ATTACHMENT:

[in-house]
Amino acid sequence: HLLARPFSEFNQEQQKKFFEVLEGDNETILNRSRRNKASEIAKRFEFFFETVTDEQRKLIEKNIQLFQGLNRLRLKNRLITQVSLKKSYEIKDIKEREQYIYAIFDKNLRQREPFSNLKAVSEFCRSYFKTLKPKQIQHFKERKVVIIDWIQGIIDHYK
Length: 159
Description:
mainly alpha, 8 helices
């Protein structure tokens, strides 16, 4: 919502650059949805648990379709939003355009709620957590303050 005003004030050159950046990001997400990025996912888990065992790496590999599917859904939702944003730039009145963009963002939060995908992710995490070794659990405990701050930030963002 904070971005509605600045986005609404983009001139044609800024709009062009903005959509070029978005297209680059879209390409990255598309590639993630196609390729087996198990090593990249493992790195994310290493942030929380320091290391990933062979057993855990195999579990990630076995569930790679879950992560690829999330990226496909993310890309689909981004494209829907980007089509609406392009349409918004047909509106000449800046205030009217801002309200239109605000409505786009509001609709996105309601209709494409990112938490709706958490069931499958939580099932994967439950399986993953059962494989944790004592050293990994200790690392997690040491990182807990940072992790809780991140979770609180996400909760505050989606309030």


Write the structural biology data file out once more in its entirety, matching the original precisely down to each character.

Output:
[in-house]
Amino acid sequence: HLLARPFSEFNQEQQKKFFEVLEGDNETILNRSRRNKASEIAKRFEFFFETVTDEQRKLIEKNIQLFQGLNRLRLKNRLITQVSLKKSYEIKDIKEREQYIYAIFDKNLRQREPFSNLKAVSEFCRSYFKTLKPKQIQHFKERKVVIIDWIQGIIDHYK
Length: 159
Description:
mainly alpha, 8 helices
């Protein structure tokens, strides 16, 4: 919502650059949805648990379709939003355009709620957590303050 005003004030050159950046990001997400990025996912888990065992790496590999599917859904939702944003730039009145963009963002939060995908992710995490070794659990405990701050930030963002 904070971005509605600045986005609404983009001139044609800024709009062009903005959509070029978005297209680059879209390409990255598309590639993630196609390729087996198990090593990249493992790195994310290493942030929380320091290391990933062979057993855990195999579990990630076995569930790679879950992560690829999330990226496909993310890309689909981004494209829907980007089509609406392009349409918004047909509106000449800046205030009217801002309200239109605000409505786009509001609709996105309601209709494409990112938490709706958490069931499958939580099932994967439950399986993953059962494989944790004592050293990994200790690392997690040491990182807990940072992790809780991140979770609180996400909760505050989606309030």